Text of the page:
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Five Mistakes Retailers Make When Selecting a Software Solution

One of the earliest American businessmen was Benjamin Franklin, who counseled not to fear mistakes. But for retailers selecting their POS software solutions, a prudent course would be to avoid the common ones, or they may find the Benjamins coming in less steadily than they would hope.

Retailers decide to replace their POS systems for a variety of reasons, but they usually boil down to this one: does the current system support and enable business strategies that will make the company successful? Or does the system hold it back?

Once a decision is made to move to a newer, better system, it's worthwhile to imagine what the company will look like 10 years out. What new developments will reshape the company? How will it lead or respond to those changes? To that end, what technologies will have been adopted, and how will they have helped? This vision will inform the choice of selection criteria for the replacement system.

Yet even when a vision is well researched and founded, it can be compromised when the team involved commits one or more of these five common mistakes:

Mistakes Retailers Make When Selecting a Software Solution

  • Not involving the head of the organization in the decision-making process. Too often, retailers exclude their owner, president, or CEO from the software decision-making process. Of course, sometimes the business leader thinks the issue is better left to technology experts. However, the top executive should always lead the search for new software by establishing a vision for the project. Naturally, IT will be heavily involved; their expertise is required. But their ability to properly weigh solutions and vendors depends on them clearly understanding the company's vision. Ideally, the team selecting your new software solution should include a high-level executive with foresight, line managers from each discipline to confirm proper functionality, and IT staff to ensure that you have the best technology infrastructure for the present and future. 
  • Skipping the planning phase because "it takes too much time." The time you invest in planning your vendor selection process will easily pay off before the process is complete. Not documenting your objectives and timelines will certainly result in delay-or possibly derailment-of the project. The most important first step is to define your compelling event. This is your definitive answer to the question, "why now?" Retailers have many reasons to consider supplanting their existing system, whether it is replacing outdated technology that causes too many pains for their staff, improving their ability to service their customers, or taking advantage of functionality that can streamline processes and dramatically improve profitability. Compelling events are often tied to a process mandate from a key business partner, or an organizational change such as a merger or acquisition. These must be planned for.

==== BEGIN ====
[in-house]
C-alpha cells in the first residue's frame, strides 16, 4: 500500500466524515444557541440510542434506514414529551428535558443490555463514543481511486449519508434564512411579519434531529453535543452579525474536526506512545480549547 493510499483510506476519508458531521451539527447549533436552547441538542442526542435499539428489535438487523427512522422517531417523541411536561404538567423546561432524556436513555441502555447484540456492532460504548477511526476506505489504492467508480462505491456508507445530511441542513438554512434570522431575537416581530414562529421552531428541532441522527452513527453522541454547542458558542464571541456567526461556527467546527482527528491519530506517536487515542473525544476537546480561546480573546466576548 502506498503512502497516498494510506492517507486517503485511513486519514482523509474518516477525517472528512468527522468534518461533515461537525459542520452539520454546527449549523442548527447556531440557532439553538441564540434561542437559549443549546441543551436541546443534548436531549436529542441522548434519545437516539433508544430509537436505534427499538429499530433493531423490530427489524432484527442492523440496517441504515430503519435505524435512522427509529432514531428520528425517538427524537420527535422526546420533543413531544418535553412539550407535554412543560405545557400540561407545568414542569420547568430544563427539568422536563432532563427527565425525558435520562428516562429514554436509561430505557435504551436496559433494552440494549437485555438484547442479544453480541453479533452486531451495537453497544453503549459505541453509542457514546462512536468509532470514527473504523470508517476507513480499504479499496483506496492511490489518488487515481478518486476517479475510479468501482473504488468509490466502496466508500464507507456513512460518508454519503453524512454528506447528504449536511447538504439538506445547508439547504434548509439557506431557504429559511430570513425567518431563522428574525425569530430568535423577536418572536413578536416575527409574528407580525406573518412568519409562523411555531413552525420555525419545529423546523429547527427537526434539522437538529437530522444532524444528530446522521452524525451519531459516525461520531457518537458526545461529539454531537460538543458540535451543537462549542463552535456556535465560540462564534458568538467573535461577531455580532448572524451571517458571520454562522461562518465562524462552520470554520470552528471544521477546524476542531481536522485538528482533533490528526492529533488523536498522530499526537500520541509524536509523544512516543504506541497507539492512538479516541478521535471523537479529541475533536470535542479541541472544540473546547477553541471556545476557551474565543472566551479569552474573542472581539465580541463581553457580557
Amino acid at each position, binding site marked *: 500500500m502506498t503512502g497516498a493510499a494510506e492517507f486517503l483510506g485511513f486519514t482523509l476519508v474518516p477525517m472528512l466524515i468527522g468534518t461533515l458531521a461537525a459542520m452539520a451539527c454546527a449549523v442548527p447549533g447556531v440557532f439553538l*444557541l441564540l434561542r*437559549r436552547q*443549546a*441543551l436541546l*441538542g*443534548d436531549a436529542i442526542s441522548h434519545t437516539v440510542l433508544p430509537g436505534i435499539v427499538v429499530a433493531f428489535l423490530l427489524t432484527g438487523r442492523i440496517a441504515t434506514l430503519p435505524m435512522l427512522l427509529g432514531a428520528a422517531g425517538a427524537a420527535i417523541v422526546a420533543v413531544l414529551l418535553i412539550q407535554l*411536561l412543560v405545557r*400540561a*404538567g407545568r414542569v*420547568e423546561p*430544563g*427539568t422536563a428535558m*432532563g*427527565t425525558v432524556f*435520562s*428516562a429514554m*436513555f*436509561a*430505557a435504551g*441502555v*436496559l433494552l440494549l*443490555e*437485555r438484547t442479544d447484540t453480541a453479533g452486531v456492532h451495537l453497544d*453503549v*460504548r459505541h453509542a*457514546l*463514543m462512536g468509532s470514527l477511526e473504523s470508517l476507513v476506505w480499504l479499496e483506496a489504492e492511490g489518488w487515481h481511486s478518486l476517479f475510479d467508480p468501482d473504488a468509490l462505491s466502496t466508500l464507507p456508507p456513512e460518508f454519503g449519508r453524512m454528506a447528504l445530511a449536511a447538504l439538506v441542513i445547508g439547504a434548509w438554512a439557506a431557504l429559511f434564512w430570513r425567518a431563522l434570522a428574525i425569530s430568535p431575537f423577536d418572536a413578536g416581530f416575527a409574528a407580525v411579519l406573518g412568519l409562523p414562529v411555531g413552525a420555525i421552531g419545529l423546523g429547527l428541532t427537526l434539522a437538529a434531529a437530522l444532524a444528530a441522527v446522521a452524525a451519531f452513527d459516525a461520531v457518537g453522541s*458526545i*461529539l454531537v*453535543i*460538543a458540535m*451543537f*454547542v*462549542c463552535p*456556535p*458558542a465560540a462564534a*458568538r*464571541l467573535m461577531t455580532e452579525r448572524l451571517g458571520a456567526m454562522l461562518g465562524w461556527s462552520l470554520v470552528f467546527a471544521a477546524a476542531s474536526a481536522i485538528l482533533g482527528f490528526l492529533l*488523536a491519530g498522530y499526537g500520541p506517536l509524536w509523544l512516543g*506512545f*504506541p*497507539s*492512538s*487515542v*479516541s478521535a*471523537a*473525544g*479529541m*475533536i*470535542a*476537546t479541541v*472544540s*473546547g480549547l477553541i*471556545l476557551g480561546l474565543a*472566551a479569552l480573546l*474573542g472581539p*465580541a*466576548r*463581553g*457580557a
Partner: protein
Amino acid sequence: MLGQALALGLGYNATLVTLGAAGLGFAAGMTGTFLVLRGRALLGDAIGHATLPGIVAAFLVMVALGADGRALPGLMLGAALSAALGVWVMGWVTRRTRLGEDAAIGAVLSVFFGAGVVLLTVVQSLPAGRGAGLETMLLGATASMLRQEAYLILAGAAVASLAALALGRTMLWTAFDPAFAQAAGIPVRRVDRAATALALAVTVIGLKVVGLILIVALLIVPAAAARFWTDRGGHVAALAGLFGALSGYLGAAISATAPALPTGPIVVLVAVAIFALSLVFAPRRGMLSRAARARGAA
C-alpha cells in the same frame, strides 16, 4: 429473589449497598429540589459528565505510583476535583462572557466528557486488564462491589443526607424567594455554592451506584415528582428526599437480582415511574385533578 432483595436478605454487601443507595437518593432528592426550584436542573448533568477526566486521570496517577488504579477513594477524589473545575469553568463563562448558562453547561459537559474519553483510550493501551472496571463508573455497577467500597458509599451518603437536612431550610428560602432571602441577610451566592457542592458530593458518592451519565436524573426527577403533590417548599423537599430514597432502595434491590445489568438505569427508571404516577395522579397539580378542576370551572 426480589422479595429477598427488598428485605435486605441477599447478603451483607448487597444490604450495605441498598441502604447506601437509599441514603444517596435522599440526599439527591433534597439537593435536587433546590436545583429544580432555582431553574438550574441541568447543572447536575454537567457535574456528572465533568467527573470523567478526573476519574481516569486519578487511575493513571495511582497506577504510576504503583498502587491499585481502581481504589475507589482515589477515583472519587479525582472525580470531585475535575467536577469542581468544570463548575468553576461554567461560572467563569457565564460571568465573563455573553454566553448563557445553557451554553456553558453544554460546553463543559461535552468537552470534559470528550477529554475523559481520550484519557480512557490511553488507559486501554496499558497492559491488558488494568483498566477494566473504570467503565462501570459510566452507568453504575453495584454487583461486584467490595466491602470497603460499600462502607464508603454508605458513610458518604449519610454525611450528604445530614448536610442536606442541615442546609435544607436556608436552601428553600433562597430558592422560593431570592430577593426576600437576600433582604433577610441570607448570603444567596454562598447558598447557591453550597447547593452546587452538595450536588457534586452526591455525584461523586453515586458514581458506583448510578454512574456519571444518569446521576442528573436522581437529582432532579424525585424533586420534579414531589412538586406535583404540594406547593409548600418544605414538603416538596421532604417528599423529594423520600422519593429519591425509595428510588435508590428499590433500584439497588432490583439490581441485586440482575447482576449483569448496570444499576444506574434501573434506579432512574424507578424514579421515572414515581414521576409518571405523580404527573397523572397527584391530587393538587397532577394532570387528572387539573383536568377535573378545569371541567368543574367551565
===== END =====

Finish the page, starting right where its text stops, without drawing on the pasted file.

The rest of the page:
• Considering a technology provider that doesn't understand your industry. In an increasingly competitive retail world, you won't be able to provide the quality of service your customers demand-or the timely decision-making you'll need across the business-with a generic POS or accounting software package. You need a solution provider that understands the nuances of your business, and a solution with the functionality capable of meeting your unique needs as a retailer. Ask the following questions to prospective providers:
    1. How many of their customers are retailers? What is the exact number?
    2. How long has the company been serving retailers?
    3. Who are the people who will implement the software system? Do they understand the industry?
    4. Is there an annual user conference focused on the needs of retailers?
    5. Is the company a member of associations and buying/marketing groups in your retail focus?

  • Assuming you will do things exactly the same way as you do them now. There is no better time to re-evaluate your business processes than when you are about to select and implement a new business system. Too many retailers fail to recognize the true value of the software they evaluate because they get stuck on one particular response: “because that's the way we've always done it.” The software solution you choose will need to conform to your business, but that doesn't mean it has to look or behave in any particular way. Keep in mind that technology capabilities and industry best practices that differ from your current set can help you do things more profitably-and, in some cases, in ways that won't be immediately obvious. 
  • Selecting a vendor that lacks a long-term product vision. To understand what the next 10 years will bring for your industry and what impact it will have, look at the last 10 years, then double that rate of change. Be sure that the software solution your company chooses is able to grow with your organization and adapt to all the change. Ask these questions:
    1. What does their technology roadmap look like?
    2. What is their vision for business mobility?
    3. How malleable is the software to your users' specific needs?

Evidence of dedication to providing strategic, mission-critical applications to support your business model and size-today and tomorrow-is extremely important. To that end, look for a reputation for agility in accommodating new market needs.
For a more detailed look at how Epicor's retail expertise and retail-specific software solutions can help you successfully realize your company's vision, you can go here.

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